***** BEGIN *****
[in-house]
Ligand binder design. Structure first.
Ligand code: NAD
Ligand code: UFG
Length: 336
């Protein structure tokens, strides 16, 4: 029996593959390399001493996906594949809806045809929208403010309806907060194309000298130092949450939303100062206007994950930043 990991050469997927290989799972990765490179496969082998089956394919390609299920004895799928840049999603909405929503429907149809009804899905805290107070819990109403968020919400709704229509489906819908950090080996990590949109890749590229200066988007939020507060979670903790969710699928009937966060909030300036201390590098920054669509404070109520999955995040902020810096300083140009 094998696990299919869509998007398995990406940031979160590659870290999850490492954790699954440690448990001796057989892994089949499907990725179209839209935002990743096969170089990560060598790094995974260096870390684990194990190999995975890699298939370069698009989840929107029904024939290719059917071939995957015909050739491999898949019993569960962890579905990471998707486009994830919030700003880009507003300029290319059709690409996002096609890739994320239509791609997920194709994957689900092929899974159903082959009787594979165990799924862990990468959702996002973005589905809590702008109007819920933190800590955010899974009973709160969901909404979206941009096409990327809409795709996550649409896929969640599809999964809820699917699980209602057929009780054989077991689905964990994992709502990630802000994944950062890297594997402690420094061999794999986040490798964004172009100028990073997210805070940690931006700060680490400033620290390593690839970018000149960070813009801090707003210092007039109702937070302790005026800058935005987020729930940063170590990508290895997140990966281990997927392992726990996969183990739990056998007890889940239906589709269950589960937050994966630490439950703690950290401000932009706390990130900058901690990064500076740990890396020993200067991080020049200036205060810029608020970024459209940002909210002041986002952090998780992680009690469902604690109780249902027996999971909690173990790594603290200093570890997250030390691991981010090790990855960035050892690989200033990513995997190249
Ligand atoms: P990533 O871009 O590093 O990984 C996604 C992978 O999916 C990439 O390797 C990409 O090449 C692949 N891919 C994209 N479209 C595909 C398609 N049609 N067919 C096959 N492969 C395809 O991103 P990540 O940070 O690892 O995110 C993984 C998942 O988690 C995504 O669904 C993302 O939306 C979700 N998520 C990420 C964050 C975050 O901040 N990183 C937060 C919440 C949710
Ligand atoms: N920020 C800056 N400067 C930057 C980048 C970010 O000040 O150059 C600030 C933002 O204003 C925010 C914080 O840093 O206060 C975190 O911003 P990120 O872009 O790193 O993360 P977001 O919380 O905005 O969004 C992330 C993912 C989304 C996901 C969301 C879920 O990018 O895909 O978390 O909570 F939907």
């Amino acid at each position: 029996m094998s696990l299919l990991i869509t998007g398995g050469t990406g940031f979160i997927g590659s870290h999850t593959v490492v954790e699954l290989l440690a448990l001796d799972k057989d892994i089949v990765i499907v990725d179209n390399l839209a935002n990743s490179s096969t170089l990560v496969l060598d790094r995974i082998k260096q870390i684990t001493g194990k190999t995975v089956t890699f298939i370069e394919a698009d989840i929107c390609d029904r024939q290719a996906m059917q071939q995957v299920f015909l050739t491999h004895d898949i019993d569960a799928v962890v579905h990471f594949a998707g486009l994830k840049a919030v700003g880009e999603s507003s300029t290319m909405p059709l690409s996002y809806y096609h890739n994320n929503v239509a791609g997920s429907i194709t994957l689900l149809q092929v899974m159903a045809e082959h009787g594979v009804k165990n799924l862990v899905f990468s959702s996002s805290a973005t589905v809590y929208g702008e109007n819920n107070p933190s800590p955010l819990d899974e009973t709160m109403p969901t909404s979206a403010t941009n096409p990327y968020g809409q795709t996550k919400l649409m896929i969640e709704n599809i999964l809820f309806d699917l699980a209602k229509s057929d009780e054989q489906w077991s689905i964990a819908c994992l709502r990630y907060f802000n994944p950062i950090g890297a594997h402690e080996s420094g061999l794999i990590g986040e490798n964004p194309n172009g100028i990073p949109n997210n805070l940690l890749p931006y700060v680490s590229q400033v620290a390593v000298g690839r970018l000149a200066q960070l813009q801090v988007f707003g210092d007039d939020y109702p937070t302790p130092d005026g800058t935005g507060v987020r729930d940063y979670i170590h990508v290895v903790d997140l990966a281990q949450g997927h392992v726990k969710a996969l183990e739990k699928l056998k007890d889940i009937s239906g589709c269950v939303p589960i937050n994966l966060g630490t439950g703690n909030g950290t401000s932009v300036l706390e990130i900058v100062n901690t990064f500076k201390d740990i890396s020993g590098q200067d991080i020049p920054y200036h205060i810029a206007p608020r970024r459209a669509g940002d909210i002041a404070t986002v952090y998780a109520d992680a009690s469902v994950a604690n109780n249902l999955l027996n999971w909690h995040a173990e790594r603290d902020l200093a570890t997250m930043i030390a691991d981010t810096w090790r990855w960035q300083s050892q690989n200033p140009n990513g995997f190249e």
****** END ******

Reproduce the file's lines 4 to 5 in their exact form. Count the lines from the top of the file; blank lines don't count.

Ligand code: UFG
Length: 336